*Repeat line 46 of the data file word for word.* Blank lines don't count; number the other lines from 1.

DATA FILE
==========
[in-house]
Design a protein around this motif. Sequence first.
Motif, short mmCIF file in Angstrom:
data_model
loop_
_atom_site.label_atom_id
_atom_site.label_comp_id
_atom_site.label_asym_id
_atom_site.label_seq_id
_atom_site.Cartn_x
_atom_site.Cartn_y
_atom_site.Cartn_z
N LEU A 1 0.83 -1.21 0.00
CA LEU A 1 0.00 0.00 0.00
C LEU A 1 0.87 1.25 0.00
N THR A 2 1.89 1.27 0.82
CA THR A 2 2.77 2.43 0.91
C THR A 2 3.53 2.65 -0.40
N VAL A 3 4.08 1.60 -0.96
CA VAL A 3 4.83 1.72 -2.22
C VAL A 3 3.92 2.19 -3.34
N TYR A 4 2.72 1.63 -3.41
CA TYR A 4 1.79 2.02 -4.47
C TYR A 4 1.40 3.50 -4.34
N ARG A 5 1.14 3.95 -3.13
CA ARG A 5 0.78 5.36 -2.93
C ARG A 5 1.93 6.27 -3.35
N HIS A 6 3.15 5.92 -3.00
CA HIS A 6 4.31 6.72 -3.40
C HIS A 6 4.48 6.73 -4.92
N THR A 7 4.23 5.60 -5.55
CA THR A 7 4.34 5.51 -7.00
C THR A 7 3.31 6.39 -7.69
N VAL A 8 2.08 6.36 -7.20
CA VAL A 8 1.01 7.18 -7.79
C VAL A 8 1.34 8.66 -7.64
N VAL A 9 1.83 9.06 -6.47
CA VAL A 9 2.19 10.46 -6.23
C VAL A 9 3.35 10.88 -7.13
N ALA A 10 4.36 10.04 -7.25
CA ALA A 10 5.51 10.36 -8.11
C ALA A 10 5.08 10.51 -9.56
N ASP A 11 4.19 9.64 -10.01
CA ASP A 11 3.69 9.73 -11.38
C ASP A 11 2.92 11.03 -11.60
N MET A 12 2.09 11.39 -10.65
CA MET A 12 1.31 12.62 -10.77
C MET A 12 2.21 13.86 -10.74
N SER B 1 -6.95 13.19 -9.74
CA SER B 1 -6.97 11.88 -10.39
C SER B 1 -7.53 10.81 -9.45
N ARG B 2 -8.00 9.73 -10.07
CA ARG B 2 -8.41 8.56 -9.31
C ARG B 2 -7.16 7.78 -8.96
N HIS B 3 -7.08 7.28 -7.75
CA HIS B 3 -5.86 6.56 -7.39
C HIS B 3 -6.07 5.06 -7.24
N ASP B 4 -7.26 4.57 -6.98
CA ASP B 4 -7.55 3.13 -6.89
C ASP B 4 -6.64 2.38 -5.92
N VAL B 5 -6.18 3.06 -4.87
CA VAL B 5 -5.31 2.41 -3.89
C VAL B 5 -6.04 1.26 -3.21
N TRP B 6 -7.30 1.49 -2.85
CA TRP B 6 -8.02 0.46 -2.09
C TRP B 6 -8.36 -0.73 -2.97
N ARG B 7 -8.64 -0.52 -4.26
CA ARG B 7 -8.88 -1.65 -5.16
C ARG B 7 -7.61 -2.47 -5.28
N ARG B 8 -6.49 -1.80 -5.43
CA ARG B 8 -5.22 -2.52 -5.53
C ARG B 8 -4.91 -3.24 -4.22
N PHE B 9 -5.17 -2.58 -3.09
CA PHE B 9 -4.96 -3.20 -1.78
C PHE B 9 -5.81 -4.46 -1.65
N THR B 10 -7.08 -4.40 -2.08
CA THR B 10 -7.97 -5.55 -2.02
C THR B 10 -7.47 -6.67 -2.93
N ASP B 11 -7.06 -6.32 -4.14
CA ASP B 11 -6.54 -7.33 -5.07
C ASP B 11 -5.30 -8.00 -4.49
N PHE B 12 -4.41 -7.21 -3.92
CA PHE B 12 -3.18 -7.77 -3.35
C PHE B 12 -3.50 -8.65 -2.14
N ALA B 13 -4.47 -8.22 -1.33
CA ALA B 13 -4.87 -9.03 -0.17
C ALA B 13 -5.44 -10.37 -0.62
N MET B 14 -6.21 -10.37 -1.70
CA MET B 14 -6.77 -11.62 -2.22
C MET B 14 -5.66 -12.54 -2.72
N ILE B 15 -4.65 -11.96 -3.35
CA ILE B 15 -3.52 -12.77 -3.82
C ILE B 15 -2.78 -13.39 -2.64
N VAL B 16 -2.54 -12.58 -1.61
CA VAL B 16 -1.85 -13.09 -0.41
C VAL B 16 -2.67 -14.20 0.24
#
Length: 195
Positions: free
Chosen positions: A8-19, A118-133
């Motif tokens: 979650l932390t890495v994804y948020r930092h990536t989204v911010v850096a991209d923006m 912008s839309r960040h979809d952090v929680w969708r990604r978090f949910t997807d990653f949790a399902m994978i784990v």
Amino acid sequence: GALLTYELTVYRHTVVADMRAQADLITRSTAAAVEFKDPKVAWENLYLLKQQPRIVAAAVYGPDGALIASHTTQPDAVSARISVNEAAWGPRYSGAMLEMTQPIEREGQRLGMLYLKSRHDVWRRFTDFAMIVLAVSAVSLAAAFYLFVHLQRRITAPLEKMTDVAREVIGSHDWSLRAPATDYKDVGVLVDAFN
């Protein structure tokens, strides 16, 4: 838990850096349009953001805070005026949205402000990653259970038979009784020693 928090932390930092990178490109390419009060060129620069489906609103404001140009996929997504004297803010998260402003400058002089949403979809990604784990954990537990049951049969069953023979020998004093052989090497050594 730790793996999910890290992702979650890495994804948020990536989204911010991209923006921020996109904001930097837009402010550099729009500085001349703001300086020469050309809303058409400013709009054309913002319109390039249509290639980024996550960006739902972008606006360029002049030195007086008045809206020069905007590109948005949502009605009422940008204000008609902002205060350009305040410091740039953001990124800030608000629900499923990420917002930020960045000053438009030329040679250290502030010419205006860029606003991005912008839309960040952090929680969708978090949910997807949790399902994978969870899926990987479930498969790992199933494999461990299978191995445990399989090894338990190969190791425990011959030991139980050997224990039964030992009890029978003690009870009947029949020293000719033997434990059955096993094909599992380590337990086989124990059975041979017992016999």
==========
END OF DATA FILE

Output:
N MET A 12 2.09 11.39 -10.65